Centre students win awards at Kentucky Academy of Sciences meeting

 

Centre students win awards at Kentucky Academy of Sciences meeting

Posted by Student Worker in News Archive 01 Dec 2011

A group of Centre students recently held their own — and then some — against major research universities at the annual meeting of the Kentucky Academy of Sciences (KAS).
Two Centre students won awards for papers presented at the KAS meeting, while several other Centre students also won awards for poster presentations. The KAS event is open to undergraduates from any college or university in the Commonwealth.
Ben Slone ’13, a chemical physics major, was awarded first place for his oral presentation in the engineering section of the paper presentations, one of sixteen sections possible for entry. Slone’s paper examined research he conducted while completing an internship at Northwestern University last summer.
Hillary Botts ’13, a behavioral neuroscience major, won third place in the psychology section of the paper presentations for presenting research she has been doing with associate professor of psychology Brian Cusato.
“Hillary and I have been working together for about a year now, and she’s a pleasure to work with – she basically runs my lab. We study the social behavior of birds and the learning that occurs in social situations,” Cusato says. “The fact that she was able to pull together research from this summer and win this award — competing against people from other, bigger Kentucky institutions — is impressive.”
Biology major Andrew Howard ’13 won second place in the physiology and biochemistry section of the poster presentation awards for research he completed at Georgetown University last summer.
“My presentation dealt with understanding the role that sodium reabsorption plays in regulation of blood pressure in the kidneys,” Howard explains. “I utilized radioactive tracers to monitor sodium uptake in renal proximal tubule cells (HK2 cells).”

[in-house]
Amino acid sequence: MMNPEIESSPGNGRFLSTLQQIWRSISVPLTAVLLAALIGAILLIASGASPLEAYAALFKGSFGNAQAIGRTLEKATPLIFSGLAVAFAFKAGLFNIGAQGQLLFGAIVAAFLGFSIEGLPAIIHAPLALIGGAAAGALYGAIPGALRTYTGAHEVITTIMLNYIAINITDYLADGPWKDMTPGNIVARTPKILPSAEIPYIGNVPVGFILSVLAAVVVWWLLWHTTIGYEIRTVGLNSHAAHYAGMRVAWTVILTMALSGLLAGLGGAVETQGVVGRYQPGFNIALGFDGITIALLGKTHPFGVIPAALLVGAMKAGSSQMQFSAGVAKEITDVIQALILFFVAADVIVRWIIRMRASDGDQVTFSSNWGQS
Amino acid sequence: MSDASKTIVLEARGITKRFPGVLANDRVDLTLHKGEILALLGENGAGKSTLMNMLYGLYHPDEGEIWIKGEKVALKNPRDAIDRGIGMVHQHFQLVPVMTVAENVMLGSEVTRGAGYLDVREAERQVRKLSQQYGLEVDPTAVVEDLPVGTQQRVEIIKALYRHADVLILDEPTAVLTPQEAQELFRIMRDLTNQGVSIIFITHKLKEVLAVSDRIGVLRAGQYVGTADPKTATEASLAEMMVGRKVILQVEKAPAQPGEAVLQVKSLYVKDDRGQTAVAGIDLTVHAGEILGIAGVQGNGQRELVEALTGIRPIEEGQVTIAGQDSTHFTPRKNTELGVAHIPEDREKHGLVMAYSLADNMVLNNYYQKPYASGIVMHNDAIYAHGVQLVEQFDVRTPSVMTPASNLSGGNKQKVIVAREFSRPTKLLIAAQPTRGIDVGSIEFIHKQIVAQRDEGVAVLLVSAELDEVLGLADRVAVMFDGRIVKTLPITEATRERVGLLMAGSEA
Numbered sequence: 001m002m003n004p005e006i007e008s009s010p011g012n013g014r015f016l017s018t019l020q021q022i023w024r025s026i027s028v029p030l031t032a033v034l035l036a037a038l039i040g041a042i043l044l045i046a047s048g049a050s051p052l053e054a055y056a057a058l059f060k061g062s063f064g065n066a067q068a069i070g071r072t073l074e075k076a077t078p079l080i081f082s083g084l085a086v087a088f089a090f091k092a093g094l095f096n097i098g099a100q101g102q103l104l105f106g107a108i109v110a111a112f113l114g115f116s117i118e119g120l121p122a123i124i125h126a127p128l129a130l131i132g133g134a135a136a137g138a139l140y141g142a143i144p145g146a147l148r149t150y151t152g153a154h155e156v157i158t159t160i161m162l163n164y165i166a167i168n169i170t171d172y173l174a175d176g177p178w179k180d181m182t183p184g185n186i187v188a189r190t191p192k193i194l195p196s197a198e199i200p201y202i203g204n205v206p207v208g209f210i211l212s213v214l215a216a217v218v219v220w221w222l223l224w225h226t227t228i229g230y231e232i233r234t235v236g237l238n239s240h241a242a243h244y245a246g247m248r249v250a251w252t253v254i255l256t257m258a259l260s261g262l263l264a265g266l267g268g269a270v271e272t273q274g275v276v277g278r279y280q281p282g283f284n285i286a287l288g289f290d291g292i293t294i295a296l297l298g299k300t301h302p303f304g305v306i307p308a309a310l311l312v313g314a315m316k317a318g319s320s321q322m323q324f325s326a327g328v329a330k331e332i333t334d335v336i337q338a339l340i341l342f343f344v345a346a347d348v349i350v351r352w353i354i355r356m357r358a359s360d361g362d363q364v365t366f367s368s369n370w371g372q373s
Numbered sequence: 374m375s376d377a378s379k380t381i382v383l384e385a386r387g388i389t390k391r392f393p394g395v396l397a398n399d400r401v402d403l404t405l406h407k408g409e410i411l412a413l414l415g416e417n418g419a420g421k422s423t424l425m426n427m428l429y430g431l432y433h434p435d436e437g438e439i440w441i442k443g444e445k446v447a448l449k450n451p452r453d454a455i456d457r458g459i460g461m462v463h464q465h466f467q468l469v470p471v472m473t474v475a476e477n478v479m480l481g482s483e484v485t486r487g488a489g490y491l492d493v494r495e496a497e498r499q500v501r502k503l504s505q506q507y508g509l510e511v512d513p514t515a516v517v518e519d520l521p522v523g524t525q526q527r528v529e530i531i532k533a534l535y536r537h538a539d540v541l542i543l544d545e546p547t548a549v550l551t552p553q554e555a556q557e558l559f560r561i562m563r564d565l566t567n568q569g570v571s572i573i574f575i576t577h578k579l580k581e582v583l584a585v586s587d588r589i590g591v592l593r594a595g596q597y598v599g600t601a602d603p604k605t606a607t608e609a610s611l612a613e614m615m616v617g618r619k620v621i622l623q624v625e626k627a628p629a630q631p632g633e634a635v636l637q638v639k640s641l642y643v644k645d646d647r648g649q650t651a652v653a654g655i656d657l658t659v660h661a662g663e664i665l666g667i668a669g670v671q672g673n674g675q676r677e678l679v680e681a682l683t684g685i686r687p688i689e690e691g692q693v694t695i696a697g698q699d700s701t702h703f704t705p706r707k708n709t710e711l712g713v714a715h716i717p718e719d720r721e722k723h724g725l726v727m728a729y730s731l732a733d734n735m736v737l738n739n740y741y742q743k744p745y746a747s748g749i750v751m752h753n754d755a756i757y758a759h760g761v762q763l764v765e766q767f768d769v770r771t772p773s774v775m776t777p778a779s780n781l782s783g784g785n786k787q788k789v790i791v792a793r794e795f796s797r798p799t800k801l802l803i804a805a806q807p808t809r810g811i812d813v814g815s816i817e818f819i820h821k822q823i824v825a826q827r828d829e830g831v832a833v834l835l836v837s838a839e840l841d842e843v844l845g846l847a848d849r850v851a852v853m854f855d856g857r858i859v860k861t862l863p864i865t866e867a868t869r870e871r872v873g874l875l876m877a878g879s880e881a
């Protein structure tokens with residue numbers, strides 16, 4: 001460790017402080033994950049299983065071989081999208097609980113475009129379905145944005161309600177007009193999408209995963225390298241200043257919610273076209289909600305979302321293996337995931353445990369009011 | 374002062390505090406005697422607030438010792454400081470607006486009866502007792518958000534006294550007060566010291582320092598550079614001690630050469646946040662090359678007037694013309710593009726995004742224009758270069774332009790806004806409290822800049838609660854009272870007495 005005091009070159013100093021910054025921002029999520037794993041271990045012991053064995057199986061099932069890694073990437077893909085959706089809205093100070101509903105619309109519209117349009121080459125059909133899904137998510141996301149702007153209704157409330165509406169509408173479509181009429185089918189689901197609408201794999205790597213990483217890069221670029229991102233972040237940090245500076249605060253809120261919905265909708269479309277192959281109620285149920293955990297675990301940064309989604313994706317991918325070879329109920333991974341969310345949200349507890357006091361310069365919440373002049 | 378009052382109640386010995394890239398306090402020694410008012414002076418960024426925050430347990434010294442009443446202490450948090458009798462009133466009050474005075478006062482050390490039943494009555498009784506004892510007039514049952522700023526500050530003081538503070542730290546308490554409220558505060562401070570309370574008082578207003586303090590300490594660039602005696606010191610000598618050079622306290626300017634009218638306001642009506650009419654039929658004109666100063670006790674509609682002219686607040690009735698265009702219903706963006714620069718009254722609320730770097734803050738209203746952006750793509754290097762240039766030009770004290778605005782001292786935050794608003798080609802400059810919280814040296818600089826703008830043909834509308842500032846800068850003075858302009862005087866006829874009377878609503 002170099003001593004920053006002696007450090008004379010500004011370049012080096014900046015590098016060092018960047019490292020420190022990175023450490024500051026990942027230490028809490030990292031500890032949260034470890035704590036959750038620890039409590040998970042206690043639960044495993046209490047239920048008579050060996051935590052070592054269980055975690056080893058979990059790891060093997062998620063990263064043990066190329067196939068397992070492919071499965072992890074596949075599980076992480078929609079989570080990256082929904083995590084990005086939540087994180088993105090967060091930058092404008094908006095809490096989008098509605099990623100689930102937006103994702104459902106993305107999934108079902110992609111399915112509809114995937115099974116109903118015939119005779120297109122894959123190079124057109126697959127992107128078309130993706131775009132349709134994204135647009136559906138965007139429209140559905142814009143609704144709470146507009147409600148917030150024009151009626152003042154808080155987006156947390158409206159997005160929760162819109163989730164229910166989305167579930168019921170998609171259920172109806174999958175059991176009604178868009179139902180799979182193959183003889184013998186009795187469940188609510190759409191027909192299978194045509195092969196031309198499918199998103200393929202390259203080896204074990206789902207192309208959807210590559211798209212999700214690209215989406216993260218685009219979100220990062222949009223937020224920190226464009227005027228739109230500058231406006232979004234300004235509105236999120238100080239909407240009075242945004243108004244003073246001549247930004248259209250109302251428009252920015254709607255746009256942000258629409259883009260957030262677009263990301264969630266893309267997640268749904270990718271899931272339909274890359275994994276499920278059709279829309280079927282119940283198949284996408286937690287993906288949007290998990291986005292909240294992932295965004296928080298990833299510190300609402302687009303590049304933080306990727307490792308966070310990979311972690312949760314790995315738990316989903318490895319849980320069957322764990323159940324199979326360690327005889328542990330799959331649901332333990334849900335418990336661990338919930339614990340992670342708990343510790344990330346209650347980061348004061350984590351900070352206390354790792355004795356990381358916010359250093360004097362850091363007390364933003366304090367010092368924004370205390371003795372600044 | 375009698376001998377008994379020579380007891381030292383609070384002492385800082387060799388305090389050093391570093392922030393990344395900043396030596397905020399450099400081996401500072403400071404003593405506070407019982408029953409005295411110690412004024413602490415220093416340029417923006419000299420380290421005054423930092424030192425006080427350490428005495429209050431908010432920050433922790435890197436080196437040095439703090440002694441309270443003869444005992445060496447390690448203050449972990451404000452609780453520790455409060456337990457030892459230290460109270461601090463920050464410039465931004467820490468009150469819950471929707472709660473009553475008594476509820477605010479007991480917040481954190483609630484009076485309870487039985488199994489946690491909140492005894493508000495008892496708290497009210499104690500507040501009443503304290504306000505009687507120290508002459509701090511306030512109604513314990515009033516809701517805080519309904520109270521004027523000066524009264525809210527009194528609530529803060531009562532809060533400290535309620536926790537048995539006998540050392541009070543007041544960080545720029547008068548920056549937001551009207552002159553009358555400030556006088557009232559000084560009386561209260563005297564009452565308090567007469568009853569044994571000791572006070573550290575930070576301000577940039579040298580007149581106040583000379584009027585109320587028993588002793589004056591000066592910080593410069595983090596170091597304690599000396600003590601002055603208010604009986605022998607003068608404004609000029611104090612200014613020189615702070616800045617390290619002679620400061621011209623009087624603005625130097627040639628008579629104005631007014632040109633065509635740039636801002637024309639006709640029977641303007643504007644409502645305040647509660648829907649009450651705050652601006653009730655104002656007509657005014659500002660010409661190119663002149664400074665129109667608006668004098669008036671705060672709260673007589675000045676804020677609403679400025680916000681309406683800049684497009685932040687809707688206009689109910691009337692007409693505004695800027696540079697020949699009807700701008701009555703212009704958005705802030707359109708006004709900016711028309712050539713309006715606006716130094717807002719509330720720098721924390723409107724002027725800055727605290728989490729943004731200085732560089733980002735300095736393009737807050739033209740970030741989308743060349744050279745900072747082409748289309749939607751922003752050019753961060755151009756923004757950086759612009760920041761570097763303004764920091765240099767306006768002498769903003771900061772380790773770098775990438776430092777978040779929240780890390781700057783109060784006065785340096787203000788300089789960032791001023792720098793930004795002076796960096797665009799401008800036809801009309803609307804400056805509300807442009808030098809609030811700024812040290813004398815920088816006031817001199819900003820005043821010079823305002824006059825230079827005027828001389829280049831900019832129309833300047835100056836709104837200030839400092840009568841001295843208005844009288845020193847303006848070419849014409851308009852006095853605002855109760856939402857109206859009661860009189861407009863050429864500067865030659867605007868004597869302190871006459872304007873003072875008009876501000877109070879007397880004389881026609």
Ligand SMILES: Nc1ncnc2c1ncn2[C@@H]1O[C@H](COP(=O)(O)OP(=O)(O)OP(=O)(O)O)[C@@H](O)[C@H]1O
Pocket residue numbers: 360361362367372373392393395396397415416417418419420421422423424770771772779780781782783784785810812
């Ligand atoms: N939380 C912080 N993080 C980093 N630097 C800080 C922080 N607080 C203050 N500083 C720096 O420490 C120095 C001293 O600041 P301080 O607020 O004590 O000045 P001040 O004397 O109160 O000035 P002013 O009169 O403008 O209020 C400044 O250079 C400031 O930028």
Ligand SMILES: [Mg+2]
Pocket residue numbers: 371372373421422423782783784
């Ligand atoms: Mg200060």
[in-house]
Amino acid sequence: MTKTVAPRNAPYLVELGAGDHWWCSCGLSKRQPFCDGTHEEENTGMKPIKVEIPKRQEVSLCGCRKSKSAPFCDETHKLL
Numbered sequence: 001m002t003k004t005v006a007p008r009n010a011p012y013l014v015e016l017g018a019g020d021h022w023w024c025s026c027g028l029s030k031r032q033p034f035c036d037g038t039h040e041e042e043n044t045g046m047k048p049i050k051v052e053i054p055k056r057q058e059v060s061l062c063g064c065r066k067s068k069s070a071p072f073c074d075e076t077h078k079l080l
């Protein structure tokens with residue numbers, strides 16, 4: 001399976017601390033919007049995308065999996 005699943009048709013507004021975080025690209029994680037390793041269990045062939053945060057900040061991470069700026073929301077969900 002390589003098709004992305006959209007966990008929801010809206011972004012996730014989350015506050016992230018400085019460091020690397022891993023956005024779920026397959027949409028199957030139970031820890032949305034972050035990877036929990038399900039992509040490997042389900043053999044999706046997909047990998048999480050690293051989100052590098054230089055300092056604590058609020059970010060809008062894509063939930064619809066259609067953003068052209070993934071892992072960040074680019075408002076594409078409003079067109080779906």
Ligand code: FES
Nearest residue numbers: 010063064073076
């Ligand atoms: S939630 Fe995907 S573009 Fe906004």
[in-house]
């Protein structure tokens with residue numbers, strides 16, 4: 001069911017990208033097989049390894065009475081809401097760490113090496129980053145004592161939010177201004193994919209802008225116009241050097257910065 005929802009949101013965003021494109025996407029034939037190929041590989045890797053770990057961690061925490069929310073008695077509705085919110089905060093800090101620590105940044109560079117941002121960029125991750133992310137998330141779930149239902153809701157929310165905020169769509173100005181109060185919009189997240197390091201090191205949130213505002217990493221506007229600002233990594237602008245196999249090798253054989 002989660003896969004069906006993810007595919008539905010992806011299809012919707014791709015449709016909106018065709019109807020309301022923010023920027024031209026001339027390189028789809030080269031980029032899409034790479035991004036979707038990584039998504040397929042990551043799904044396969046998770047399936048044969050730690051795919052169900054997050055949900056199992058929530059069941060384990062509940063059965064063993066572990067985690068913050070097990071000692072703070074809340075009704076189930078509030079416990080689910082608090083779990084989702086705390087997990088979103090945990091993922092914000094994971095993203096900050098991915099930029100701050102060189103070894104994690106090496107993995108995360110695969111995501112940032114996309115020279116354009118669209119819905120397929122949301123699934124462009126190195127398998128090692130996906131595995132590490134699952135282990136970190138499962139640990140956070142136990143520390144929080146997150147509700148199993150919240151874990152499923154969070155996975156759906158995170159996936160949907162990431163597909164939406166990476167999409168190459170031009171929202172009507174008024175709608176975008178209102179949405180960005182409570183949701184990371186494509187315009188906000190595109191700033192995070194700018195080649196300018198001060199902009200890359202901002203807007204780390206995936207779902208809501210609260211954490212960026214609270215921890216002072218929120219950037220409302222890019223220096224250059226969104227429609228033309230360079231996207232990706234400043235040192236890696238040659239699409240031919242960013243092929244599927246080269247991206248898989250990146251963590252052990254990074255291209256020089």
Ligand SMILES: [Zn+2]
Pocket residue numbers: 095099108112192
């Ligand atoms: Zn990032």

Howard plans to continue to use the findings from his research in a future career.
“I’m hoping to pursue a career in academic medicine, so I hope this research will result in a publication, and serve as a starting point for that career,” he says.
A group of psychology and behavioral neuroscience students won second place for a poster presentation of research they completed with KatieAnn Skogsberg, assistant professor of psychology and behavioral neuroscience. Chelsea Benham ’13 and Laura Hansen ’12 presented the poster at the KAS meeting, representing their fellow researchers William George ’12, Kent Crick ’12 and Leah Oberst ’12.
“We did a survey to evaluate the attitudes of coaches, athletes and spectators — students who are not athletes — toward concussions. Specifically, we wanted to know how much they know about concussions and return-to-play guidelines,” Hansen says.
“It’s important for the coaches to understand the athlete’s view on concussions, and vice versa, so that teams can better understand the thought process of both parties when a concussion is endured,” Benham adds.
The students who conducted this research with Skogsberg plan to put it to good use at Centre.
“These students are now developing a concussion awareness talk that they will present to the students in the introductory psychology classes, addressing questions from our survey as well as correcting some of the more common concussion myths,” Skogsberg says. “We hope to expand this study to include DII and DI schools in the spring and develop a campus-wide ‘Concussion Awareness’ campaign.”